I had sublet often in this life, but this time was different. In previous sublets, I’d been around other people’s things, but here I was with my own, and I found I liked my things in this apartment in some way I hadn’t before. I hadn’t been much for possessions, never had spent more than a few dollars on any particular piece of furniture because what was the point of having things if you couldn’t write? You would only sell them in order to write, as I’d learned early on in New York, standing in line at the Strand to sell a few used books just to get lunch. The books on my shelf after all this time have withstood at least a thousand moments when I scanned them, deciding which ones I could or could not turn into money in order to eat if this or that check failed to come through. A library of survivors.
Jane says: I think I’d be darling at being “writer rich” and sitting in the dazzling light of a crystal chandelier:
I think writers are often terrifying to normal people, i.e. non writers in a capitalist system, for this reason: there is almost nothing they will not sell in order to have this time. Time is our mink, our Lexus, our mansion. In a room full of writers of various kinds, time is probably the only thing that can provoke widespread envy more than acclaim. Acclaim which of course means access to money, which then becomes time.
Every departure is a confession, an admission of longing, of desire, of unbridled want. It is also a testament to hope, an act of faith that there is something to be found in the coming place, that the next town will satisfy our thirst. That nourishment is the hope of every voyager who ever traversed a dark sea to make his or her way in a new world, of everyone who rode the Conestoga across hard lands for the promise of the West, of any of us who uproot our lives and arrive hat in hand in a new city saying, “Please.” Take me, accept me, let me, feed me. In short: Love me.
Jane says: The draw of the West, the spellbinding Pacific blue, the threat of wildfires and natural disasters and how even those dangers won’t keep us away—I feel it too.
White supremacy tries to reduce people of color to our traumas. Resisting white supremacy means insisting that we are more than our traumas. One quick perusal through the shelves of world literature in any bookstore confirms just what the literary world wants to see from writers of color and writers from developing nations: trauma.
Jane says: I could quote this article all day. ALL. DAY. Gratitude to Jenny Zhang for representing the struggle of writers of color so honestly, deftly, fearlessly and beautifully. Like the article preaches and practices, let’s stand together and rise above:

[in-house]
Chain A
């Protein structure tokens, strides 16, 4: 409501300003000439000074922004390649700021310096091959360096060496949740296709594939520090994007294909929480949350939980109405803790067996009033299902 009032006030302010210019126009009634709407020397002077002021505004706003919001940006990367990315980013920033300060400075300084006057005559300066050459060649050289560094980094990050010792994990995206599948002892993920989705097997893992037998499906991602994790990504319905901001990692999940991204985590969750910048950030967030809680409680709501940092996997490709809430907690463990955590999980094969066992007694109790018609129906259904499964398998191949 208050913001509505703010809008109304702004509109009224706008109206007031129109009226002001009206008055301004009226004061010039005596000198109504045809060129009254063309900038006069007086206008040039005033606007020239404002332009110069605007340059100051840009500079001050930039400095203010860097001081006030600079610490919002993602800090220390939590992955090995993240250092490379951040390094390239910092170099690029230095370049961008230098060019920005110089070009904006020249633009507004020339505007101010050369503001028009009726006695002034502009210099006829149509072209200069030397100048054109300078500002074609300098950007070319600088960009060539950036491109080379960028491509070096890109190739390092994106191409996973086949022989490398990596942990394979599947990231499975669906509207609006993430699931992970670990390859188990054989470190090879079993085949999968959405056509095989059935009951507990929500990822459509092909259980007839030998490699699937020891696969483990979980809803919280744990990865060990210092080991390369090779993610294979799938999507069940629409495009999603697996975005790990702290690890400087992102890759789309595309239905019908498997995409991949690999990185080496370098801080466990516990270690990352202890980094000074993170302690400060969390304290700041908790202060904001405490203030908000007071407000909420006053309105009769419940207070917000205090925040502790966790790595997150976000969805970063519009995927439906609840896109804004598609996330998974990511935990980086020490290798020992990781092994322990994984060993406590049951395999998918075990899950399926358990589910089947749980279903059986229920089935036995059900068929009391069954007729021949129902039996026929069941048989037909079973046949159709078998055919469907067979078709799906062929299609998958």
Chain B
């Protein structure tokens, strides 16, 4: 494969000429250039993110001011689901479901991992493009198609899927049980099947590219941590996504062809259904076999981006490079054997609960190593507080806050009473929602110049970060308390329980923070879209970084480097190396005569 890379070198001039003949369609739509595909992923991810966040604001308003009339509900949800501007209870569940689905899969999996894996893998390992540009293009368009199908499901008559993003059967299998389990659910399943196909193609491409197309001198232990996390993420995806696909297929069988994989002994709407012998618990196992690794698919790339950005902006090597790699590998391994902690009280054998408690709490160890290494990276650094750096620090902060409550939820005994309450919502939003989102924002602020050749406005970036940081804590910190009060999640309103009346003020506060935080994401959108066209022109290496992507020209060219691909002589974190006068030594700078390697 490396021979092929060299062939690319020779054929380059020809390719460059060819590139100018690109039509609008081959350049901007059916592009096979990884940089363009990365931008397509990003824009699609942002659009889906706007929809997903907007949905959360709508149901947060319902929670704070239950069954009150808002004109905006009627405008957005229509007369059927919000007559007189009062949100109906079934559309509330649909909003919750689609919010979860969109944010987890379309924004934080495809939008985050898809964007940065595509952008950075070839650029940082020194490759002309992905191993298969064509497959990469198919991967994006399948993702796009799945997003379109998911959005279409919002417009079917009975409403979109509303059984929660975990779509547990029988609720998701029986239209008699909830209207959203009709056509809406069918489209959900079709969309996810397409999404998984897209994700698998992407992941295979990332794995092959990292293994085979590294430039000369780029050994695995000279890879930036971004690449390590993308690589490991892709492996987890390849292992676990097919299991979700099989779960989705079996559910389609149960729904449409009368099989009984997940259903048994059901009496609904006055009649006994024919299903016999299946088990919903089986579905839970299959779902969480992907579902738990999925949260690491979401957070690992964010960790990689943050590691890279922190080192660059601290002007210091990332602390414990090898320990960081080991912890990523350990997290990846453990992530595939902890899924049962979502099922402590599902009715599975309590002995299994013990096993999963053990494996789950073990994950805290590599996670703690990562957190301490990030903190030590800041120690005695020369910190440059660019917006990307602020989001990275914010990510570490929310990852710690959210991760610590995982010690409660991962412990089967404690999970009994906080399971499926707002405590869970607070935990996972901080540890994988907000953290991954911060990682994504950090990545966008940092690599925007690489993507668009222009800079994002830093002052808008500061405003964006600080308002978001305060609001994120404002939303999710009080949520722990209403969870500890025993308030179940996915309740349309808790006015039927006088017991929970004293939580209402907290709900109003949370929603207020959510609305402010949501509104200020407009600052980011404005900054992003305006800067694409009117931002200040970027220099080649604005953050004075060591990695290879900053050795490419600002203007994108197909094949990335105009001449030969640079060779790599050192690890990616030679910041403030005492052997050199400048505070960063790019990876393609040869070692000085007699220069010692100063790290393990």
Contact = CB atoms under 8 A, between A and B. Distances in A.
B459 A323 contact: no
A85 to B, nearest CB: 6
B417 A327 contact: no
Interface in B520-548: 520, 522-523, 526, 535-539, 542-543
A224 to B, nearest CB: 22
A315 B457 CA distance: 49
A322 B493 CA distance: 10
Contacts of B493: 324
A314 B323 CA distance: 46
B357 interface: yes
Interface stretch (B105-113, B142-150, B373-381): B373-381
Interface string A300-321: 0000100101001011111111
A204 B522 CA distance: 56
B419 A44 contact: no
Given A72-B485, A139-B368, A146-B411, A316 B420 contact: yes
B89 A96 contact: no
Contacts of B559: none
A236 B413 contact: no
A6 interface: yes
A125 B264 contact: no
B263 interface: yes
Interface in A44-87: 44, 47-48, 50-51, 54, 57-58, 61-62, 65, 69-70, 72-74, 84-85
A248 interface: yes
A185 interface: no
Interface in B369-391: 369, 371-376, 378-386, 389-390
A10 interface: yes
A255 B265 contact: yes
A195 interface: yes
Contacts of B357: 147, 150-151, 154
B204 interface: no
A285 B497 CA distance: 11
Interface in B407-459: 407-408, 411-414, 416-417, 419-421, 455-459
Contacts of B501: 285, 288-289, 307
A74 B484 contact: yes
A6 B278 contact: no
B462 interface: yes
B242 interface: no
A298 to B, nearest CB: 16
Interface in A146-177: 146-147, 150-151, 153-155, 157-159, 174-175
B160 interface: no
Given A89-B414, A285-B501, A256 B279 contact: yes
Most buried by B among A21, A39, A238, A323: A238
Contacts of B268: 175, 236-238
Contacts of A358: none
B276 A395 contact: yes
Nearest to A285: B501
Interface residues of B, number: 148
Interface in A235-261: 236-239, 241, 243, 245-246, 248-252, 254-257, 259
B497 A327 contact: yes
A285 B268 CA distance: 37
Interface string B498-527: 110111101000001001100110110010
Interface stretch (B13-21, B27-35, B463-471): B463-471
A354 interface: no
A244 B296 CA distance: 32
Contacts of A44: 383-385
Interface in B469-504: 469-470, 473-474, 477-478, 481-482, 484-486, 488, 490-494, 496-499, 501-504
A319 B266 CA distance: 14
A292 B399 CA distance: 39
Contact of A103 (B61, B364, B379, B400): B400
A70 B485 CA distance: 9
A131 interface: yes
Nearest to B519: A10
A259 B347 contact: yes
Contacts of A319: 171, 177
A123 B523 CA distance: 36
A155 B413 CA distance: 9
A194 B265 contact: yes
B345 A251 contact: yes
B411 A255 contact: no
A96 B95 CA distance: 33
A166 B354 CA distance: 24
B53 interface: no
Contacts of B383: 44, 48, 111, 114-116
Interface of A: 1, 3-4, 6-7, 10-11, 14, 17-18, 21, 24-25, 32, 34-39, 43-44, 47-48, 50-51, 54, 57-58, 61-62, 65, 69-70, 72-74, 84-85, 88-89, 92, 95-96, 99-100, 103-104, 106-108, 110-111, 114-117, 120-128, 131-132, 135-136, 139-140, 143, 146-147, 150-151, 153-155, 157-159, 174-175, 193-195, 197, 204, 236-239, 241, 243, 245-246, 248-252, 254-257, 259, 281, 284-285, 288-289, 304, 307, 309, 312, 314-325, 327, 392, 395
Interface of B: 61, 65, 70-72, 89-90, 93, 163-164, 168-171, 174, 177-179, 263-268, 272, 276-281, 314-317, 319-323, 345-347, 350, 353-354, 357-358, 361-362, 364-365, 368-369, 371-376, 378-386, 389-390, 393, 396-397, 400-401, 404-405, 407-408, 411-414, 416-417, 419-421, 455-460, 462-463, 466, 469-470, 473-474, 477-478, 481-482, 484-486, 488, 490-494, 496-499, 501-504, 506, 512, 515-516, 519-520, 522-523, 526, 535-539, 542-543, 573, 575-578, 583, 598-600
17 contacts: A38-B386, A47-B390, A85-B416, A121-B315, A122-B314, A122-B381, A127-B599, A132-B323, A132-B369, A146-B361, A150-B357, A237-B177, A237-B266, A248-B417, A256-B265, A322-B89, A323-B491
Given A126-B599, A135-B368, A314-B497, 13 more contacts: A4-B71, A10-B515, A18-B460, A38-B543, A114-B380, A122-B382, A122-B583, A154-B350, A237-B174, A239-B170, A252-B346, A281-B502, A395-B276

[Nat. Brut] decided to ask a handful of well known feminists [Roxane Gay, Jessica Valenti, and others] who inspire us to share other inclusive feminists who inspire them. Spend some time with these incredible women’s work, and feel free to share others who inspire you!
I’ve made sandwiches and cocktails and uncountable lattés, put price stickers on wine glasses, supervised the unloading of trucks at 7am on Montreal winter mornings, sold everything from clothing to furniture to vases in three cities, run errands for architects, scheduled meetings, designed and coded websites, written reports and managed offices; all the strangely varied occupations that a person accumulates when the primary objective is not to establish a career, per se, but just to pay the rent while they’re working on a novel.
Jane says: Preach, ESJM, preach. Writing while working full-time is an impediment. Such an impediment that I started a blog about it.
If you’re anything like me, you yearn to become a good writer, a better writer, an inspiring writer, even, by learning from the writers you admire. But you neither have the time nor the money for an MFA program or expensive retreats and workshops with famous names. So you read W.H. Auden’s essays and Paris Review interviews with your favorite authors (or at least PR’s Twitter feed); you obsessively trawl the archives of The New York Times’ “Writers on Writing” series, and you relish every Youtube clip, no matter how lo-fi or truncated, of your literary heroes, speaking from beyond the grave, or from behind a podium at the 92nd Street Y.
Jane says: I do, yes, yes, and duh. Yes, my calendar is stuffed and I lack cash for expensive retreats and workshops with drool-worthy marquee and banner names, so I research while working, cooking dinner, blowdrying my hair―has Josh Jones been spying on me? While I devoured this article, I felt like I was listening someone rapidly list things that I already knew I would love, that maybe I’ve heard of them in a daydream or hoped for them enough that the literary gods have finally delivered my wishes to me, and I can’t scribble notes fast enough.